By Jennifer Copley (Last Updated 8 January 2010)
This super-spice contains a broad array of beneficial compounds, including beta-carotene, curcumin, and salicylate. In addition to being a potent antioxidant (which means that it may protect against many different health problems), research indicates that ginger can reduce nausea and other gastrointestinal symptoms. Ginger also has anti-inflammatory properties, making it beneficial for arthritis sufferers. Studies indicate that ginger may reduce menstrual pain for some women as well.
The gingerol compound, which gives ginger its flavour, helps to protect against cancer, particularly colon and ovarian, as well as boosting immune function and helping to fight infection. Additionally, ginger is a source of magnesium, copper, potassium, vitamin B6, and manganese, all important nutrients for good health.
Combining fresh grated ginger with water, lemon juice, and a bit of honey makes a refreshing ginger lemonade.
Grated ginger can also be sprinkled on rice dishes, combined with orange juice to flavour pureed sweet potatoes, and added to certain salad dressings and sauces. It is a popular ingredient in Asian cooking, where it is often used in stir-fry recipes with beef, chicken, fish, or mixed vegetables.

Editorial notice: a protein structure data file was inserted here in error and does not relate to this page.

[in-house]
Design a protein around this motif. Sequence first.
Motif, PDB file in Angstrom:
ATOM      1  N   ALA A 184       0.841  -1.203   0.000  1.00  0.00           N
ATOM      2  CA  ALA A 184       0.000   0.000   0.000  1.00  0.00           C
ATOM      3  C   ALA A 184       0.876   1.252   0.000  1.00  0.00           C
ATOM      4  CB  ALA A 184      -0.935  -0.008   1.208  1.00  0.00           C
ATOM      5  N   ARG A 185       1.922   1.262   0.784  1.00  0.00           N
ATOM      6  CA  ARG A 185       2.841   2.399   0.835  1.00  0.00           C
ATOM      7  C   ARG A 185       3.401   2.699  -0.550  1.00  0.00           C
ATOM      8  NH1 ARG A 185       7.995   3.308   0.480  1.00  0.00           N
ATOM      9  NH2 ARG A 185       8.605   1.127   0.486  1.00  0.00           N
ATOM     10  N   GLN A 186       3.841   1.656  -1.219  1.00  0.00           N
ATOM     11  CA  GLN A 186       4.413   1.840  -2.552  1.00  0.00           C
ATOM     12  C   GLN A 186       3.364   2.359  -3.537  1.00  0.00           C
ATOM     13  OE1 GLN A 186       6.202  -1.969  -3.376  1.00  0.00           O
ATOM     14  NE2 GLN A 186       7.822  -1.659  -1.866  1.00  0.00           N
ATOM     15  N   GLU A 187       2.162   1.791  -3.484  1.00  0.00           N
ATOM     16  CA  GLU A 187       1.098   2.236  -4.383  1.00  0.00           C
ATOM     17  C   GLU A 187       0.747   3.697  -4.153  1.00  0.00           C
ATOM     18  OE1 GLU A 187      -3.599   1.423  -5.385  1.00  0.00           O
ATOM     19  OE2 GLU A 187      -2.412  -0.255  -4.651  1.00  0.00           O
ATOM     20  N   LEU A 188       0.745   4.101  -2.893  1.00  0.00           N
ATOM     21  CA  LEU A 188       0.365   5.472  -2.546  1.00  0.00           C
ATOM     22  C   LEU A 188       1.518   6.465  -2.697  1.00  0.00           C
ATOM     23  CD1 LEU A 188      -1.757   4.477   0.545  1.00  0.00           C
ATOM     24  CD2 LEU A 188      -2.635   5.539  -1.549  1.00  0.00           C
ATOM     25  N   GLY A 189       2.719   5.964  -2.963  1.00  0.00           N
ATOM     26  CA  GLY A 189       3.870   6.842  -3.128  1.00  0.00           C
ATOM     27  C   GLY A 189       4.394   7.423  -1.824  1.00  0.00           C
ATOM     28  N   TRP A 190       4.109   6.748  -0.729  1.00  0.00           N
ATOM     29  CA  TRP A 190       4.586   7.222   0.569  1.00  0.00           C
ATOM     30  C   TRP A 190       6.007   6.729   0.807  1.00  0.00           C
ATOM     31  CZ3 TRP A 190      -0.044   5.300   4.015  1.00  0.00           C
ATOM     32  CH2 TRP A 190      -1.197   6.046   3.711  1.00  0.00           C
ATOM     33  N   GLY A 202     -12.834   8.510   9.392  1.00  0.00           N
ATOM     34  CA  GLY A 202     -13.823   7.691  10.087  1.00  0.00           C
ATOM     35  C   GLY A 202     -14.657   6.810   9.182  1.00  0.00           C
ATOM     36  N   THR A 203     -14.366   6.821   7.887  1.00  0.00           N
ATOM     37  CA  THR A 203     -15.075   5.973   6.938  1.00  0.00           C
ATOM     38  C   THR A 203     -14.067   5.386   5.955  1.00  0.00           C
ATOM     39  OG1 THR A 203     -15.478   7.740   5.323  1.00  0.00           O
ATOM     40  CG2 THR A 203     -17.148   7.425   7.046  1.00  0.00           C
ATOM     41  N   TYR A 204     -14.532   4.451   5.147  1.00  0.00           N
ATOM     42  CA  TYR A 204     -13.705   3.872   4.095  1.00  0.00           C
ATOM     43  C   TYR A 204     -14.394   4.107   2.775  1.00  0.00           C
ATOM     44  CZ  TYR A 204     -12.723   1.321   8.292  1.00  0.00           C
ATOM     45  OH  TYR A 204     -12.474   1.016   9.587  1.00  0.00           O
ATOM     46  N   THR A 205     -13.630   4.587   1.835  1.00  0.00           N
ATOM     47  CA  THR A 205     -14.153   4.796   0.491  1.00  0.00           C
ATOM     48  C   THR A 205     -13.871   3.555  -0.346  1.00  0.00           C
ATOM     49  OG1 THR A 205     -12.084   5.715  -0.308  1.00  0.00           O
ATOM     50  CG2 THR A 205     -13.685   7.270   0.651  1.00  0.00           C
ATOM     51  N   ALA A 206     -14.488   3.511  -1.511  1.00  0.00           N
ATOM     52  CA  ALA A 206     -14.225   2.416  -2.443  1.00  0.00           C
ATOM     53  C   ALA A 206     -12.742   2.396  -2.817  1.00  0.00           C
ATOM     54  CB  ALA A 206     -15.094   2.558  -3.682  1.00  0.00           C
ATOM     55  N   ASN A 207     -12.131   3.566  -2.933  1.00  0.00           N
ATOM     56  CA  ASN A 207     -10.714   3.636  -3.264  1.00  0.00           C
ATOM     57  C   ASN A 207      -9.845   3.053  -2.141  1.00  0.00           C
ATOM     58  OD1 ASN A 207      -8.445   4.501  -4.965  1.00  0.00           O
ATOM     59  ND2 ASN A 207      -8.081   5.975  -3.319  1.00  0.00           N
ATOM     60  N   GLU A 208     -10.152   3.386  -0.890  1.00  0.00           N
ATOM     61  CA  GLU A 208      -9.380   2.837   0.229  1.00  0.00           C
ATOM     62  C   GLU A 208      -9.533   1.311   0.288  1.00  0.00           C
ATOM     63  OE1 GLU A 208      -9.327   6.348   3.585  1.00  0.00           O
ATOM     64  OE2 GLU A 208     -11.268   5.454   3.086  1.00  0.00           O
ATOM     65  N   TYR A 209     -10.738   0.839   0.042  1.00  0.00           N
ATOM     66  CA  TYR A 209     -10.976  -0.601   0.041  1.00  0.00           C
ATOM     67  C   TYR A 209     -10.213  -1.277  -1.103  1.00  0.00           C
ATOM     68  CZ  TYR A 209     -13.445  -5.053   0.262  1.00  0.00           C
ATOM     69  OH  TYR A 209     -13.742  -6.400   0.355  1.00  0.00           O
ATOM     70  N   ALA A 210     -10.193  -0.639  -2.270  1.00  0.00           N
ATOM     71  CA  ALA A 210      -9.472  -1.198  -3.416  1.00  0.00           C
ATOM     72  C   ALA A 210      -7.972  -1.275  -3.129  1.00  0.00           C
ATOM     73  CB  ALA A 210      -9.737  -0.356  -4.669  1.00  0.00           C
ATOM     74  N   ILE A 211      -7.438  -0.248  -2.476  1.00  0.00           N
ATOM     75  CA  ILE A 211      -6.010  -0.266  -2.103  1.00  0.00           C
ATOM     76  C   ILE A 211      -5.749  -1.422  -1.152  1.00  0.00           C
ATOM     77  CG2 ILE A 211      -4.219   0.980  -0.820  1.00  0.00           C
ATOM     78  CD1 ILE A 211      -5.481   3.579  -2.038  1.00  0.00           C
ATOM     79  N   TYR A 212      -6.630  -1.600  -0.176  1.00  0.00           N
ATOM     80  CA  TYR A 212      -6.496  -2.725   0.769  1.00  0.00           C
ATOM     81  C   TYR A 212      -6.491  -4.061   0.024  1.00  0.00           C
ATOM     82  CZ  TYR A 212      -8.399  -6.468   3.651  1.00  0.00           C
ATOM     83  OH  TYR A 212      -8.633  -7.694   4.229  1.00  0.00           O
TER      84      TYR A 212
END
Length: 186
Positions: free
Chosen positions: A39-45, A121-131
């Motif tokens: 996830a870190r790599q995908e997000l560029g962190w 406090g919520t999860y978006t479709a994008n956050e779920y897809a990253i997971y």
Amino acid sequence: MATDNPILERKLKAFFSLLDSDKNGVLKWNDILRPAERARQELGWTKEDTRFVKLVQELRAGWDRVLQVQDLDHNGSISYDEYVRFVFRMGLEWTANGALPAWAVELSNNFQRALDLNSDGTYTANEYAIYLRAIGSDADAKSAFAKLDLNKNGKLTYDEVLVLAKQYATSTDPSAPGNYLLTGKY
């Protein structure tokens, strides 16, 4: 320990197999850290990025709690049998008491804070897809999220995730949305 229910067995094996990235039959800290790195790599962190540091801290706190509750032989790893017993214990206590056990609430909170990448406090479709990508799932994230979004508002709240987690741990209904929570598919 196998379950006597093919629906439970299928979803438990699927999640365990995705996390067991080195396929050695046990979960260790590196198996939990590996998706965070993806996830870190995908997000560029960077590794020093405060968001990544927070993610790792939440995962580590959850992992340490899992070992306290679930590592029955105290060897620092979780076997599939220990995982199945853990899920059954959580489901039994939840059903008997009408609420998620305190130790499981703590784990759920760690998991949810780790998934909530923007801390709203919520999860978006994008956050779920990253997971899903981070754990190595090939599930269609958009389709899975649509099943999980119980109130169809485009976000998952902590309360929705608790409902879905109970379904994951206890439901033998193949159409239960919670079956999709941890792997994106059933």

Ginger is a wonderful addition to many different baked goods, particularly cookies, gingerbread, spice cakes, fruit pies, and pumpkin pie. It goes well with other spices such as cinnamon, cloves, and nutmeg.
Ginger tea is used as a home remedy for nausea, cold, flu, and sore throat. It is made with fresh ginger root and hot water, and, optionally, honey and lemon or lime.
There are also many delicious ginger coffee recipes available online.
For a full list of healthy herbs and spices and the reference list for this information series, see the main High-Antioxidant Herbs and Spices page.